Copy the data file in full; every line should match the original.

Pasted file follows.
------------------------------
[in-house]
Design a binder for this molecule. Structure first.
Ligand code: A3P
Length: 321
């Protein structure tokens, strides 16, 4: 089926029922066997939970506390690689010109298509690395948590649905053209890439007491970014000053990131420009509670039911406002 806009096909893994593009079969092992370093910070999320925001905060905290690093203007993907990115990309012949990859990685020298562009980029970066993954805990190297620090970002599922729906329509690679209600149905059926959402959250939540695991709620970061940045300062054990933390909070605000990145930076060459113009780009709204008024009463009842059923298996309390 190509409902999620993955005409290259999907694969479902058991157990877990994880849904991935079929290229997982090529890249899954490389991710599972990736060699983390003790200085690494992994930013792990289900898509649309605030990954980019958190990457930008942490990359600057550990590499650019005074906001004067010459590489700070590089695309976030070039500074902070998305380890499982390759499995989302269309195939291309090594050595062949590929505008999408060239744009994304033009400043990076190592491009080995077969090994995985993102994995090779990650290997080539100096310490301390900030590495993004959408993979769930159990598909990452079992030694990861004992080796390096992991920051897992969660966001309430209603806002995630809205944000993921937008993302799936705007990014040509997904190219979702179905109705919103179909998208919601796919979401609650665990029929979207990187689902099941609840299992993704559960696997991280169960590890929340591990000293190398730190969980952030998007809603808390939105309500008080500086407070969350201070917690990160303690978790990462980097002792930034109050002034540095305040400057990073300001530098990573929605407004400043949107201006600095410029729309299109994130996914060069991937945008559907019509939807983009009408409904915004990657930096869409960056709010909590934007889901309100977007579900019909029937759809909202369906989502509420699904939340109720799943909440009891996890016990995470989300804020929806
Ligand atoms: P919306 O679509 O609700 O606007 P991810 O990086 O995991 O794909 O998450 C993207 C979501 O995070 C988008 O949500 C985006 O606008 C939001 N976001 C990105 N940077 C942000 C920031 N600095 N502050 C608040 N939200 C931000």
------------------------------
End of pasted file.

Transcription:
[in-house]
Design a binder for this molecule. Structure first.
Ligand code: A3P
Length: 321
């Protein structure tokens, strides 16, 4: 089926029922066997939970506390690689010109298509690395948590649905053209890439007491970014000053990131420009509670039911406002 806009096909893994593009079969092992370093910070999320925001905060905290690093203007993907990115990309012949990859990685020298562009980029970066993954805990190297620090970002599922729906329509690679209600149905059926959402959250939540695991709620970061940045300062054990933390909070605000990145930076060459113009780009709204008024009463009842059923298996309390 190509409902999620993955005409290259999907694969479902058991157990877990994880849904991935079929290229997982090529890249899954490389991710599972990736060699983390003790200085690494992994930013792990289900898509649309605030990954980019958190990457930008942490990359600057550990590499650019005074906001004067010459590489700070590089695309976030070039500074902070998305380890499982390759499995989302269309195939291309090594050595062949590929505008999408060239744009994304033009400043990076190592491009080995077969090994995985993102994995090779990650290997080539100096310490301390900030590495993004959408993979769930159990598909990452079992030694990861004992080796390096992991920051897992969660966001309430209603806002995630809205944000993921937008993302799936705007990014040509997904190219979702179905109705919103179909998208919601796919979401609650665990029929979207990187689902099941609840299992993704559960696997991280169960590890929340591990000293190398730190969980952030998007809603808390939105309500008080500086407070969350201070917690990160303690978790990462980097002792930034109050002034540095305040400057990073300001530098990573929605407004400043949107201006600095410029729309299109994130996914060069991937945008559907019509939807983009009408409904915004990657930096869409960056709010909590934007889901309100977007579900019909029937759809909202369906989502509420699904939340109720799943909440009891996890016990995470989300804020929806
Ligand atoms: P919306 O679509 O609700 O606007 P991810 O990086 O995991 O794909 O998450 C993207 C979501 O995070 C988008 O949500 C985006 O606008 C939001 N976001 C990105 N940077 C942000 C920031 N600095 N502050 C608040 N939200 C931000």